• Why don't we deliver the business value that we committed to at the beginning of the sprint and capture the new requirements as an item/items for a future sprint (which is at most 2 weeks away)?

Software is soft. If we're working with a process and artifacts that we experience as hardened, ossified concretions, then we might stop and ask: what would it take to get back to our software being soft? What would it take to get to a place where it felt easy to respond to change. What would it take to be agile again?

Keep Code Reviews Focused on the Code

Hopefully we're all doing code reviews, right? Whether it's part of a pull request process, or something else, it's important to get another set of eyes on one's code.

There are a million checklists and blog posts out there on what to look for and how to give constructive feedback.

The thing I don't see discussed enough is how to appropriately scope a code review. When I'm reviewing commits, what should I leave out?

Here are some things I believe are out of scope for code reviews:

- Hypothetical business requirements

"What if the business wants X as well?" Then let them ask for it. That's what the product backlog is for.

- Broad architectural debates

"Should we change the way that we're doing X in general?" Maybe we should. Let's put an item in the backlog to find a new approach. If we adopt a new pattern for similar functionality, we can revisit this code and refactor.

- Fear of change

The perspective that the code under review must represent the last word on a particular topic. If the code under review is high quality, well-tested, and meets a known requirement, then it represents no danger to master. There's no shame in changing or even deleting the code in question with a future pull request if requirements shift.

As with so many aspects of software engineering, setting the appropriate scope is key. For code reviews, stay focused.

"Environmental Issue"

I really like a post I read recently from Paul Osman called Production Oriented Development.

He touches on a lot of topics near and dear to my heart, but the section on non-production environments stood out:

Environments like staging or pre-prod are a lie. When you’re starting, they make a little sense, but as you grow, changes happen more frequently and you experience drift. Also, by definition, your non-prod environments aren’t getting traffic, which makes them fundamentally different. The amount of effort required to maintain non-prod environments grows very quickly. You’ll never prioritize work on non-prod like you will on prod, because customers don’t directly touch non-prod. Eventually, you’ll be scrambling to keep this popsicle sticks and duct tape environment up and running so you can test changes in it, lying to yourself, pretending it bears any resemblance to production.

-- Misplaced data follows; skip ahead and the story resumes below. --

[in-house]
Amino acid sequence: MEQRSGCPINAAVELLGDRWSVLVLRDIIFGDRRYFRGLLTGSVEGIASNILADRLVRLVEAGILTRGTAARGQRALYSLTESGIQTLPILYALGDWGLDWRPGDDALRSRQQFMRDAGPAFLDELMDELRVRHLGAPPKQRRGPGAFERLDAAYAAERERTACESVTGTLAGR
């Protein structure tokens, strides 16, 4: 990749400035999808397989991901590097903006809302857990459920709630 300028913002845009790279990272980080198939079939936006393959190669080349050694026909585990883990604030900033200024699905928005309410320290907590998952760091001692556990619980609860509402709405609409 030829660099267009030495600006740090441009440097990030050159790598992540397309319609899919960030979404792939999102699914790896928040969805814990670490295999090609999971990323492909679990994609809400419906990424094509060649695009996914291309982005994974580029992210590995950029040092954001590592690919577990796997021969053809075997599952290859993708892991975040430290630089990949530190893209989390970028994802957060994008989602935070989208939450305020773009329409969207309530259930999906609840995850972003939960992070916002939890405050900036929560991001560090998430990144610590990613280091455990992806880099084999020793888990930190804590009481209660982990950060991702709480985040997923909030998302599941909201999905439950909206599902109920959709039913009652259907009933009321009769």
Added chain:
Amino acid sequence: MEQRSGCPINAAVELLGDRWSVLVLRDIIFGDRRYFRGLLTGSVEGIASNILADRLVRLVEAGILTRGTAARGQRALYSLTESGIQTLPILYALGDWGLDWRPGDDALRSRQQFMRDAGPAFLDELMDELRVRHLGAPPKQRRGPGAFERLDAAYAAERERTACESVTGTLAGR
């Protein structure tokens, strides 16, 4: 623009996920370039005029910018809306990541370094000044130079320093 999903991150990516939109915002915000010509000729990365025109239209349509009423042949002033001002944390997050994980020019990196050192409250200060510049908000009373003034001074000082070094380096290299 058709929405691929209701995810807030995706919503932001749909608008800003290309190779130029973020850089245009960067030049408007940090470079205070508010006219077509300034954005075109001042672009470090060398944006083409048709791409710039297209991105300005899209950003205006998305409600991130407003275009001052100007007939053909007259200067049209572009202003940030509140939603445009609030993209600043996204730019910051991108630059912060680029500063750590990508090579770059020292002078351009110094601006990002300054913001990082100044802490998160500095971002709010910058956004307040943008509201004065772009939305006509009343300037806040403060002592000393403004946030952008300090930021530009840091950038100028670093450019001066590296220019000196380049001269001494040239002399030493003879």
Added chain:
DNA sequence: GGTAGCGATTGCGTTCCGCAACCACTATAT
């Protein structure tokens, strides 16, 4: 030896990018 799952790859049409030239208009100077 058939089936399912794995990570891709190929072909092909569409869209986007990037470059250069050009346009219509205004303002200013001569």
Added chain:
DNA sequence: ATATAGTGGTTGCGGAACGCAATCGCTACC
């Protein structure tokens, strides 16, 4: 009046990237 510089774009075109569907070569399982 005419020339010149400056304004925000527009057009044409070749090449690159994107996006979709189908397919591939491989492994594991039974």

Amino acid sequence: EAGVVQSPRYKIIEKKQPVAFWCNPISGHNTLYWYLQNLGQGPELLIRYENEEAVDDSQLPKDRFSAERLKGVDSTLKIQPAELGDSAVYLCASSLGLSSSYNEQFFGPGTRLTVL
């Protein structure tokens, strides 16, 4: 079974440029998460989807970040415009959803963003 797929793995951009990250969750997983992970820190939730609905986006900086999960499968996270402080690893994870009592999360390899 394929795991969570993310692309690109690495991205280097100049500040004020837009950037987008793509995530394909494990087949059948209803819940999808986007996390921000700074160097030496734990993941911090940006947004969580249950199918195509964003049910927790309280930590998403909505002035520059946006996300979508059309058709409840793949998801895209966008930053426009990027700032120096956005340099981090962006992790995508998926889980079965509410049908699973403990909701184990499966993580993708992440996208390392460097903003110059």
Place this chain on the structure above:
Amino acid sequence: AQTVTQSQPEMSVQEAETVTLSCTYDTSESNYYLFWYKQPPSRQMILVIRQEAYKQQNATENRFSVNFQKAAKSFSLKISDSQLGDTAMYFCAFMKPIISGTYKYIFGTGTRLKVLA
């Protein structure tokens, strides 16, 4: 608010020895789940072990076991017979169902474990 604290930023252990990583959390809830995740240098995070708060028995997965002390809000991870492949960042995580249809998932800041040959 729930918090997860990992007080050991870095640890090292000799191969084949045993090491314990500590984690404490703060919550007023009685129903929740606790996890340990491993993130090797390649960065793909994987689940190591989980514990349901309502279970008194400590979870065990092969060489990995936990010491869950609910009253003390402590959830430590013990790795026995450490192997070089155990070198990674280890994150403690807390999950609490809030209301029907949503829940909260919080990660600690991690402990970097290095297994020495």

I've heard the heartbreaking phrase "environmental issue" too many times in my career. You know, like when a developer spends days investigating a bug reported by QA only for the team to decide it was due to a configuration drift between a lower environment and production.

With modern infrastructure-as-code tools like Puppet and Terraform, at least there's a chance of preventing the pitfalls with using non-production environments. Even then, only prod is prod. ¯\_(ツ)_/¯

Process Bikeshedding

Hopefully we’re all familiar with Parkinson’s law of triviality:

Parkinson observed that a committee whose job is to approve plans for a nuclear power plant may spend the majority of its time on relatively unimportant but easy-to-grasp issues, such as what materials to use for the staff bikeshed, while neglecting the design of the power plant itself, which is far more important but also far more difficult to criticize constructively.

One anti-pattern to watch out for in retrospectives is what I would call process bikeshedding.

Topics like these tend to get a disproportionate amount of coverage in retrospectives:

  • The length of sprints (2 weeks or 3 weeks?)
  • On which day to start the sprints (Monday or Wednesday?)
  • On which day to have the sprint planning meeting (first day of this sprint or last day of previous sprint?)

They come up over and over because they’re simple, easy to have an opinion on, and no one’s feelings will be hurt by discussing them. Unfortunately, this also means they’re trivial—i.e., not impactful to the delivery of working software to production (the purpose of a sprint).

So how does a team get beyond the trivial to discuss the real stuff? That’s the tough part. But I believe it comes down to trust and scope.

People need to trust each other in order to discuss deep concerns. There’s no magic to building trust. It just takes time.

In Parkinson’s example of the nuclear power plant, why are people so focused on the bikeshed while ignoring the design of the plant itself? I’d say it's an issue of scope. Luckily on a Scrum team we’re not approving designs for a nuclear power plant (hopefully); we’re just trying to improve the next two weeks on our software project.

In this video on Scrum retrospectives, Jeff Sutherland cuts the scope:

You only want to fix one thing at a time.

What is the one thing, that if we fixed it, would have the biggest impact on making this team go fast? And then commit to fix it.

Certainly the color of the bikeshed is not that one thing.